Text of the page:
Finance Secretary Carlos Dominguez III said Wednesday he expects to collect P3 billion worth of income tax each month from foreign nationals working in Philippine offshore gaming operations.
“The rough calculation is supposing there are 100,000 people earning $2,500 a month which is not that big [and] tax there is 25 percent, $600 more or less. $600 times 100,000 people is ... $60 million a month that we seem not to be collecting,” Dominguez said at the sidelines of a business forum at the Dusit Thani Hotel in Makati City.
“All foreigners should be taxed, not just Chinese,” Dominguez said, as he clarified that the government was not focusing on particular nationalities who were working in the so-called Pogos.
He said the planned collection of income tax from foreign nationals was just right because “Filipinos are also taxed abroad.”
The Finance Department earlier said it would ensure that foreign nationals working in Philippine offshore gaming operations were paying their income taxes.
It said it was working closely with the Bureau of Internal Revenue and other government agencies, including the Justice and Labor departments to make foreign nationals working in Pogos comply with the tax laws, particularly in the payment of income taxes.
Under Revenue Memorandum Circular No. 78-2018, all foreign and Philippine-based gaming operators, including those with offshore licenses, are required to register with the BIR as a prerequisite in the renewal of their Philippine Amusements and Gaming Corp. licenses.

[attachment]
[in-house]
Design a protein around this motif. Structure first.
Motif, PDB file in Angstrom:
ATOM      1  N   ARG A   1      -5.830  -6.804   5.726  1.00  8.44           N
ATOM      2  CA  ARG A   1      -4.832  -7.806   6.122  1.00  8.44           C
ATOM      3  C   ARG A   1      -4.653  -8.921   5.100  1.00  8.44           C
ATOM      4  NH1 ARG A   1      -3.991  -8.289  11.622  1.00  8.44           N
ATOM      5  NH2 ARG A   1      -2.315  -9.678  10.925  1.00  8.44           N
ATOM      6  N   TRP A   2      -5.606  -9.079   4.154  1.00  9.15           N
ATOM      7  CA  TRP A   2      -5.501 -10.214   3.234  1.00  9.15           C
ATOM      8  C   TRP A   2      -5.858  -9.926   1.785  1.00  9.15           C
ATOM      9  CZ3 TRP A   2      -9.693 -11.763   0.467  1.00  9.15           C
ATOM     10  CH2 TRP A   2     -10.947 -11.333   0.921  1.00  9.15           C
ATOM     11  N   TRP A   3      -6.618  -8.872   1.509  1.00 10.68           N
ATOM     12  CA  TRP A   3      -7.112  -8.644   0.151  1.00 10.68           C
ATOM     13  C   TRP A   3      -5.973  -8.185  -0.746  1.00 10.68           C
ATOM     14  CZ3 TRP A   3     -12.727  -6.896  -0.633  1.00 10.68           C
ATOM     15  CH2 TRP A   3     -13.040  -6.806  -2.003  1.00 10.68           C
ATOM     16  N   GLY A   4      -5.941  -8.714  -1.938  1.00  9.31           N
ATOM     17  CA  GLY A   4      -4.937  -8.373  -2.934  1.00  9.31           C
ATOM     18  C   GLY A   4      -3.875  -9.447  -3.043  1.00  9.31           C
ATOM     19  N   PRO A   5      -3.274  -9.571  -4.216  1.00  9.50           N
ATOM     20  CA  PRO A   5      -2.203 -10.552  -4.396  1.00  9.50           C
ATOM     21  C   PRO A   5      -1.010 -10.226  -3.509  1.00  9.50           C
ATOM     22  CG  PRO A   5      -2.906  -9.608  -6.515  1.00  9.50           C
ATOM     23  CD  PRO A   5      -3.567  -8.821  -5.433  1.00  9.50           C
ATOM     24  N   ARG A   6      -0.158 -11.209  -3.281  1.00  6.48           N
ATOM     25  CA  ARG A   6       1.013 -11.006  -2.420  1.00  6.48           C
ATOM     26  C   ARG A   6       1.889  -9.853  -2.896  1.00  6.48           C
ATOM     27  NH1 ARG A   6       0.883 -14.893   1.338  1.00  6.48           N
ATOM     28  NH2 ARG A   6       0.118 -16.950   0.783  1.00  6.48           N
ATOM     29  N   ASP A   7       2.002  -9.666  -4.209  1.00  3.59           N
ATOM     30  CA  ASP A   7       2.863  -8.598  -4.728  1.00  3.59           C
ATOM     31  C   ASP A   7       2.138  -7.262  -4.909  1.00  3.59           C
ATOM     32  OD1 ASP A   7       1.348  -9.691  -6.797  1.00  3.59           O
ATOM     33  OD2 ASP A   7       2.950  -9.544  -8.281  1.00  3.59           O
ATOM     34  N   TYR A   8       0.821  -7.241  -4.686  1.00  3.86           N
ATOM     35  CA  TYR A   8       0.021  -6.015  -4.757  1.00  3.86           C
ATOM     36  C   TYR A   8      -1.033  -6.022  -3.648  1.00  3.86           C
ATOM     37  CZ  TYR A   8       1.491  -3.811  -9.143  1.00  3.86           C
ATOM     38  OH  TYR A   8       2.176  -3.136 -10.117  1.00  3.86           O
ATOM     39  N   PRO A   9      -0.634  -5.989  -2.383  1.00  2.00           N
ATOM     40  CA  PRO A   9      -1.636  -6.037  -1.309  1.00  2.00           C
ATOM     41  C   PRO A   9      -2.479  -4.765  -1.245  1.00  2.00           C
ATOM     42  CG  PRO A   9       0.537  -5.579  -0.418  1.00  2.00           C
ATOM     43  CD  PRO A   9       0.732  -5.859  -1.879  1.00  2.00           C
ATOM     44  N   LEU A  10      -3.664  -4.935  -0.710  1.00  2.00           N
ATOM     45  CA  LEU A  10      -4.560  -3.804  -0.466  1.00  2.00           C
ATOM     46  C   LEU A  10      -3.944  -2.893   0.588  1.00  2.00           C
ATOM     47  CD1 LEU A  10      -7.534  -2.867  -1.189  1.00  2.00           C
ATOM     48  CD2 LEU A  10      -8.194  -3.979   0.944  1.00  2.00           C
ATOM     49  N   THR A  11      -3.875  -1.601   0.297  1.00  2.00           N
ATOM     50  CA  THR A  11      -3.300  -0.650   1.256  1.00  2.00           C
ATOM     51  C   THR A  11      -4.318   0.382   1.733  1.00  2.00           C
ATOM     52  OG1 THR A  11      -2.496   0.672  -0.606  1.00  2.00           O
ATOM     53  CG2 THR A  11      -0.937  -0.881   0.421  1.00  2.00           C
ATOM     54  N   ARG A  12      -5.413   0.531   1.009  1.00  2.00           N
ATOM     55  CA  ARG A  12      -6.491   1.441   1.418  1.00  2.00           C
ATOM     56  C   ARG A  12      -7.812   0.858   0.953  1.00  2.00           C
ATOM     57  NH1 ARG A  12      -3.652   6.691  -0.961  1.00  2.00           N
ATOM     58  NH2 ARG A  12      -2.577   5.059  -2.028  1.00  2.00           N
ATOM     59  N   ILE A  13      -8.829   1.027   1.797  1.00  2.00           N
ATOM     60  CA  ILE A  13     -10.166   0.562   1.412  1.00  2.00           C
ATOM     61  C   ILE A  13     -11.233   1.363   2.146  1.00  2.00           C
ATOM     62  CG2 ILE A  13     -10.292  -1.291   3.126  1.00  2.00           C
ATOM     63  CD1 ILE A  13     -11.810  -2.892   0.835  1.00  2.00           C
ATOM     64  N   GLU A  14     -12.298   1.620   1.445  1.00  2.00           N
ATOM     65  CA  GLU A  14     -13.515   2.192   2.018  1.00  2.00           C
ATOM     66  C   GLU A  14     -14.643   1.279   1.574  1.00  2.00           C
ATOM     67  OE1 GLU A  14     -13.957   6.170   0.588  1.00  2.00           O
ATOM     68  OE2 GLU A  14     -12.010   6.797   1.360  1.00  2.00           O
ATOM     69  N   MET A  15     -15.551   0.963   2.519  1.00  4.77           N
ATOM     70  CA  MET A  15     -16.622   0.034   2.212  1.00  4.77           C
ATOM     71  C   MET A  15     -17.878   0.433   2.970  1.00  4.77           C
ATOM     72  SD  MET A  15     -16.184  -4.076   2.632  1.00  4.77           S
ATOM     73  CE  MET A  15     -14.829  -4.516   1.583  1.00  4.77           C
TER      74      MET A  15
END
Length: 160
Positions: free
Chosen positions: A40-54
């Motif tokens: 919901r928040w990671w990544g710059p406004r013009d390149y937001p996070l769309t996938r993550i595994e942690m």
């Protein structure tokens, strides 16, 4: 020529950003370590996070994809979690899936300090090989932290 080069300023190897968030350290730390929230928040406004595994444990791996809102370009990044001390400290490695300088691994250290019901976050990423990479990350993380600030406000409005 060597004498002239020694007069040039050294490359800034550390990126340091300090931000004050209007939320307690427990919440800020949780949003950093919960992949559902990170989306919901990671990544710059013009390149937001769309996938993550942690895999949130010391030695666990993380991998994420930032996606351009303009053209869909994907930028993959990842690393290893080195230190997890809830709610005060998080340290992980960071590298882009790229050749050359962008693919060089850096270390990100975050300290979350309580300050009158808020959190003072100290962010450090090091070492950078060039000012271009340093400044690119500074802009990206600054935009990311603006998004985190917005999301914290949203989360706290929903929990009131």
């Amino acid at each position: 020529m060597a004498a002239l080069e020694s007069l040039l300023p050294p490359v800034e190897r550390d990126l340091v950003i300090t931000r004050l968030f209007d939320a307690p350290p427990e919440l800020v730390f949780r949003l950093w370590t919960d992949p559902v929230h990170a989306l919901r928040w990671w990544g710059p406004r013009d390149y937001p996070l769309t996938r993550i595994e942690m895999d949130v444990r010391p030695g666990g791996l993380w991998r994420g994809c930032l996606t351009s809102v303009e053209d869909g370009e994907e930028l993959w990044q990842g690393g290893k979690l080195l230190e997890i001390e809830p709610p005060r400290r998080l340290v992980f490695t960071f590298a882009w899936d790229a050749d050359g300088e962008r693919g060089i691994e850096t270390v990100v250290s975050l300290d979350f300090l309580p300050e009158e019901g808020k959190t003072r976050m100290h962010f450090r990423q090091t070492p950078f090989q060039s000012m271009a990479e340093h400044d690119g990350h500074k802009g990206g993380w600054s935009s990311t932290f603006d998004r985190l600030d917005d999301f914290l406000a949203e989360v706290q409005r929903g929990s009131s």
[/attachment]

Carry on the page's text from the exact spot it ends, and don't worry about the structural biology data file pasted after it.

This mandates the BIR to identify and monitor tax payments including remittances of taxes withheld on foreign nationals working for them.
Dominguez said the list of foreign nationals working for service providers of Pogo operators should be consolidated and reconciled by the various agencies and offices.
“If we get all that [information], then it is possible that we can begin to collect taxes, enforcing the law on these foreign workers who are operating here. Isn’t that what we really want to do here, enforce the law?” Dominguez said during a recent meeting with the respective heads of various agencies.
Dominguez said “a good starting point” would be to trace the employers of these foreign workers so that a portion of their salaries could be withheld and turned over to the government as partial payment of their income taxes.
BIR deputy commissioner Arnel Guballa said the agency listed 54 Pogo licensees, of which 10 were local firms and 44 were offshore operators. Only seven local operators and eight offshore licensees were registered with the BIR.
Justice Secretary Menardo Guevarra said that as of June 2018, less than 95,000 foreign nationals were issued by the Bureau of Immigration with various forms of temporary work permits as Pogo employees.
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